Friday, 27 February 2015

Hyperprolactinemia and risperidone use in autism

The findings reported by Yaowaluck Hongkaew and colleagues [1] (open-access) on prolactin levels being "positively and significantly associated with risperidone dose" in cases of children and adolescents diagnosed with an autism spectrum disorder (ASD) is the point of discussion today.

Prolactin by the way, is the hormone most commonly associated with stimulating breast development and milk production in women. To quote from the US National Institute of Health (NIH) entry on prolactin: "There is no known normal function for prolactin in men." Risperidone is a neuroleptic (antipsychotic) which has quite a few clinical indications including for the management of irritability in (some) autism [2]. Indeed, risperidone is one of the few (only?) drugs to be specifically approved for pediatric autism and dealing with irritability.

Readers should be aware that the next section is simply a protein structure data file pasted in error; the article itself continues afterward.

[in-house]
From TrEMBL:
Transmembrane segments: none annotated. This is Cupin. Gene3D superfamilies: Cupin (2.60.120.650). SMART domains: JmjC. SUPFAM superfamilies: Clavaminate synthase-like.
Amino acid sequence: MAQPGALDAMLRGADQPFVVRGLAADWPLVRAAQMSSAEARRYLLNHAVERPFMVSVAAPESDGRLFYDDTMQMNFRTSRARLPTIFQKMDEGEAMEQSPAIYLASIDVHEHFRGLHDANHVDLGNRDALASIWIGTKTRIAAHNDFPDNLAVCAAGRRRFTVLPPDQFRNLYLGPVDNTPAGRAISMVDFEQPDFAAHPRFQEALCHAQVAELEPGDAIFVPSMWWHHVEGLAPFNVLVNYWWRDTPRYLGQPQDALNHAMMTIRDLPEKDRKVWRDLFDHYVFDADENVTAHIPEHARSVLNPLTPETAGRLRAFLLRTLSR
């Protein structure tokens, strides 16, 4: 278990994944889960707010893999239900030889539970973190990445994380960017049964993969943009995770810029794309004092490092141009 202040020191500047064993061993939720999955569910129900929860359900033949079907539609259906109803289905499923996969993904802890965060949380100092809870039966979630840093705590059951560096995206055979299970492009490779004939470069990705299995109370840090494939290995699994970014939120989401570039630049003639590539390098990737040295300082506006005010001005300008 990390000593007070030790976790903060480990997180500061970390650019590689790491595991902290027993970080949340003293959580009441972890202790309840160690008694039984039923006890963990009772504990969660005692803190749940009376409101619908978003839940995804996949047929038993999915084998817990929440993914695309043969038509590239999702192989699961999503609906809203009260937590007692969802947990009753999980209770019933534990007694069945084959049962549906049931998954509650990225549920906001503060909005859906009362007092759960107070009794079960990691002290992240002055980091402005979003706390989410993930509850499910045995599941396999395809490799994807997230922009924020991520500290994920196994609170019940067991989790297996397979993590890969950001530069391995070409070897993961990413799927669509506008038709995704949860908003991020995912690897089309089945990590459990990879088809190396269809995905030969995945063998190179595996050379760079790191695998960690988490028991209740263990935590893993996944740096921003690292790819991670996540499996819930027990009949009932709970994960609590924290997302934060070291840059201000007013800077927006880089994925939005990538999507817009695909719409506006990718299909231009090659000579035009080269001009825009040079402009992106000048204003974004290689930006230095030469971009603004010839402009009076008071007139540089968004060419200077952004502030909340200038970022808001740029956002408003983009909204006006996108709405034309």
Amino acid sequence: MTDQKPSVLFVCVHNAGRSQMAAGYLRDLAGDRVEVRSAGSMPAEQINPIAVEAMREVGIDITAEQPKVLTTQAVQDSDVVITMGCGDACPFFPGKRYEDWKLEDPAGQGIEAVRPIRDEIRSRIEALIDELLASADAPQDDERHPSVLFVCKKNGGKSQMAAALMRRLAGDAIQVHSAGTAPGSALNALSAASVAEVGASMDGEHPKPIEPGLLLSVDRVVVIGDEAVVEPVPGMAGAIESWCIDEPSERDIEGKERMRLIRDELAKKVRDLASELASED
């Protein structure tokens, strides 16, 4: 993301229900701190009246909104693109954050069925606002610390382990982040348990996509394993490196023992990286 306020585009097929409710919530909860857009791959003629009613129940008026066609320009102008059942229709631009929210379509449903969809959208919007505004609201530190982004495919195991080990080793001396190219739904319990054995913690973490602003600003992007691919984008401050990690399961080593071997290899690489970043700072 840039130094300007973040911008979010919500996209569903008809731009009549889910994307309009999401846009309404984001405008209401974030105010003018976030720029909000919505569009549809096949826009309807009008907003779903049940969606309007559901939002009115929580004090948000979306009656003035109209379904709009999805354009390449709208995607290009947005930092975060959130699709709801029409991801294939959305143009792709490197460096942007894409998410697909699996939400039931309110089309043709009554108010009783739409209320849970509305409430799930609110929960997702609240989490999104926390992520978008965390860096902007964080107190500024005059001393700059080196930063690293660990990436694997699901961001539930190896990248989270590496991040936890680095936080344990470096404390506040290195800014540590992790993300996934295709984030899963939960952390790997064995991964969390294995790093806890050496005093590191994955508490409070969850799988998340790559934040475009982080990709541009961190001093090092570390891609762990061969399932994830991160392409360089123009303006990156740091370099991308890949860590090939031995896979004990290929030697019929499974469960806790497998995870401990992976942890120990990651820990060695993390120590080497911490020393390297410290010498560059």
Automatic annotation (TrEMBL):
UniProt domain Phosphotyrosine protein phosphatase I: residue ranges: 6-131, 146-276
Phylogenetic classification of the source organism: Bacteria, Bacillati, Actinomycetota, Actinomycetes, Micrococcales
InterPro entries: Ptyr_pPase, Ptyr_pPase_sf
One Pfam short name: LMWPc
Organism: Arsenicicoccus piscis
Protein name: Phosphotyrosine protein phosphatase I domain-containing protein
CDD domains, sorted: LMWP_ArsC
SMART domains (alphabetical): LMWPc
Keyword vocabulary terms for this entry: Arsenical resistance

It's been known for a while that risperidone use is associated with elevations in prolactin levels [3]. More recently, the research base has expanded to suggest that various factors might impact on the elevations in prolactin correlated with risperidone use [4] including "sex, pubertal stage, psychiatric disease, and associated autoimmune disorders."

So, then to the Hongkaew study which is open-access but...

  • Data on 147 children and young adults diagnosed with an autism spectrum disorder (ASD) were included for study. "All participants receiving a risperidone-based regimen for at least 4 weeks were enrolled in this study." Researchers also made sure that (a) medication was taken before the donation of a blood sample, and (b) participants were not taking other medications "that could potentially affect risperidone metabolism and prolactin elevation." This did not however exclude all other medicines.
  • Said blood draws was analysed for serum prolactin concentration using a chemiluminescence immunoassay system.